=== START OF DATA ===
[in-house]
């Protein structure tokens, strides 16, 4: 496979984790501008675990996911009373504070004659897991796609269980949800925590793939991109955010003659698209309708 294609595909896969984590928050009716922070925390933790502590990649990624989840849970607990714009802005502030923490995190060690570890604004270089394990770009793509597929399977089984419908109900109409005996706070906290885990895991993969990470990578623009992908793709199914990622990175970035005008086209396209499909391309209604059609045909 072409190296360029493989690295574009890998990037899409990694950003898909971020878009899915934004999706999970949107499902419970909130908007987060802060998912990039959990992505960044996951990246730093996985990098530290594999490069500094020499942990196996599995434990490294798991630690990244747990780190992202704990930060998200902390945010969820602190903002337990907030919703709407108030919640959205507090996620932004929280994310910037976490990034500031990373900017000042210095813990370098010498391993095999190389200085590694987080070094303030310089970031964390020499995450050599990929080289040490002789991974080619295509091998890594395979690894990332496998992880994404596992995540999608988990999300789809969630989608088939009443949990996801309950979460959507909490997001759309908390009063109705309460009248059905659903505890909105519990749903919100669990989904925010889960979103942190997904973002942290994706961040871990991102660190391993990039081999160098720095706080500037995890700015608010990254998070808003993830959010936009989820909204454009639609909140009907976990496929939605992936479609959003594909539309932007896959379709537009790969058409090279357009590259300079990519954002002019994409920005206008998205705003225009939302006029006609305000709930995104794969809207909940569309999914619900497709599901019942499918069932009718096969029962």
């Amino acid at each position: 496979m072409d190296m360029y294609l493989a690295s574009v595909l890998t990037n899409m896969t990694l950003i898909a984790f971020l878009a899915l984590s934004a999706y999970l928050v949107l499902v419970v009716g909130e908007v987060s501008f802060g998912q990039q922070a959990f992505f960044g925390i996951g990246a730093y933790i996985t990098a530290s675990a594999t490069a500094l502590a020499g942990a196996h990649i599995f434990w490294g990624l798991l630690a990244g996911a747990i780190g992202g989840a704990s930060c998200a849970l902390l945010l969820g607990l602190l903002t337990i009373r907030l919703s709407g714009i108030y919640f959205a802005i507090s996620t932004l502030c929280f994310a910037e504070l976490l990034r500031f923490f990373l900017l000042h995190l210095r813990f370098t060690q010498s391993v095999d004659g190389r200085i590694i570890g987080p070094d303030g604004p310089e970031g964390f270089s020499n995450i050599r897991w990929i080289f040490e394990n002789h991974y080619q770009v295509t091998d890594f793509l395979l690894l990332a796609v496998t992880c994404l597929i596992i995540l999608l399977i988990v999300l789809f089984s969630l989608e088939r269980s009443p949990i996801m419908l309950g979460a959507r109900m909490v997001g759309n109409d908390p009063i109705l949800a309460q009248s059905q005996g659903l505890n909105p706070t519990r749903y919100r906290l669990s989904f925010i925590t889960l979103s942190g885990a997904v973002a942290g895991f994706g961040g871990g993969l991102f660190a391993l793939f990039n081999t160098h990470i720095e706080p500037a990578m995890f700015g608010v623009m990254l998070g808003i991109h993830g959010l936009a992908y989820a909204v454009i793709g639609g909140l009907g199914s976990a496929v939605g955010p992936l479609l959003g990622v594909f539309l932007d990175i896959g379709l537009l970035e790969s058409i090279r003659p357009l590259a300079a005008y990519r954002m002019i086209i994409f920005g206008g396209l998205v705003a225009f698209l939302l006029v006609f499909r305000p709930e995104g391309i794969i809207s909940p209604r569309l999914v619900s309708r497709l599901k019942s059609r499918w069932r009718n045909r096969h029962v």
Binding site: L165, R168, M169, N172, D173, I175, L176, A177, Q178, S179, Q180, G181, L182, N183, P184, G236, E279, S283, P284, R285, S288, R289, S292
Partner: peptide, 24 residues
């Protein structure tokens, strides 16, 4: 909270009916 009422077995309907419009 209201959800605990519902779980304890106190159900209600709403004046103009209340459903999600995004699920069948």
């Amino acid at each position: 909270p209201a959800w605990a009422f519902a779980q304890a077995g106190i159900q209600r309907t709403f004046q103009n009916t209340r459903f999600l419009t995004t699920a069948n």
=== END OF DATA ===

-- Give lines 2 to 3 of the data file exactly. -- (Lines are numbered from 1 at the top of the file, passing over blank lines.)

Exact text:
């Protein structure tokens, strides 16, 4: 496979984790501008675990996911009373504070004659897991796609269980949800925590793939991109955010003659698209309708 294609595909896969984590928050009716922070925390933790502590990649990624989840849970607990714009802005502030923490995190060690570890604004270089394990770009793509597929399977089984419908109900109409005996706070906290885990895991993969990470990578623009992908793709199914990622990175970035005008086209396209499909391309209604059609045909 072409190296360029493989690295574009890998990037899409990694950003898909971020878009899915934004999706999970949107499902419970909130908007987060802060998912990039959990992505960044996951990246730093996985990098530290594999490069500094020499942990196996599995434990490294798991630690990244747990780190992202704990930060998200902390945010969820602190903002337990907030919703709407108030919640959205507090996620932004929280994310910037976490990034500031990373900017000042210095813990370098010498391993095999190389200085590694987080070094303030310089970031964390020499995450050599990929080289040490002789991974080619295509091998890594395979690894990332496998992880994404596992995540999608988990999300789809969630989608088939009443949990996801309950979460959507909490997001759309908390009063109705309460009248059905659903505890909105519990749903919100669990989904925010889960979103942190997904973002942290994706961040871990991102660190391993990039081999160098720095706080500037995890700015608010990254998070808003993830959010936009989820909204454009639609909140009907976990496929939605992936479609959003594909539309932007896959379709537009790969058409090279357009590259300079990519954002002019994409920005206008998205705003225009939302006029006609305000709930995104794969809207909940569309999914619900497709599901019942499918069932009718096969029962």
């Amino acid at each position: 496979m072409d190296m360029y294609l493989a690295s574009v595909l890998t990037n899409m896969t990694l950003i898909a984790f971020l878009a899915l984590s934004a999706y999970l928050v949107l499902v419970v009716g909130e908007v987060s501008f802060g998912q990039q922070a959990f992505f960044g925390i996951g990246a730093y933790i996985t990098a530290s675990a594999t490069a500094l502590a020499g942990a196996h990649i599995f434990w490294g990624l798991l630690a990244g996911a747990i780190g992202g989840a704990s930060c998200a849970l902390l945010l969820g607990l602190l903002t337990i009373r907030l919703s709407g714009i108030y919640f959205a802005i507090s996620t932004l502030c929280f994310a910037e504070l976490l990034r500031f923490f990373l900017l000042h995190l210095r813990f370098t060690q010498s391993v095999d004659g190389r200085i590694i570890g987080p070094d303030g604004p310089e970031g964390f270089s020499n995450i050599r897991w990929i080289f040490e394990n002789h991974y080619q770009v295509t091998d890594f793509l395979l690894l990332a796609v496998t992880c994404l597929i596992i995540l999608l399977i988990v999300l789809f089984s969630l989608e088939r269980s009443p949990i996801m419908l309950g979460a959507r109900m909490v997001g759309n109409d908390p009063i109705l949800a309460q009248s059905q005996g659903l505890n909105p706070t519990r749903y919100r906290l669990s989904f925010i925590t889960l979103s942190g885990a997904v973002a942290g895991f994706g961040g871990g993969l991102f660190a391993l793939f990039n081999t160098h990470i720095e706080p500037a990578m995890f700015g608010v623009m990254l998070g808003i991109h993830g959010l936009a992908y989820a909204v454009i793709g639609g909140l009907g199914s976990a496929v939605g955010p992936l479609l959003g990622v594909f539309l932007d990175i896959g379709l537009l970035e790969s058409i090279r003659p357009l590259a300079a005008y990519r954002m002019i086209i994409f920005g206008g396209l998205v705003a225009f698209l939302l006029v006609f499909r305000p709930e995104g391309i794969i809207s909940p209604r569309l999914v619900s309708r497709l599901k019942s059609r499918w069932r009718n045909r096969h029962v």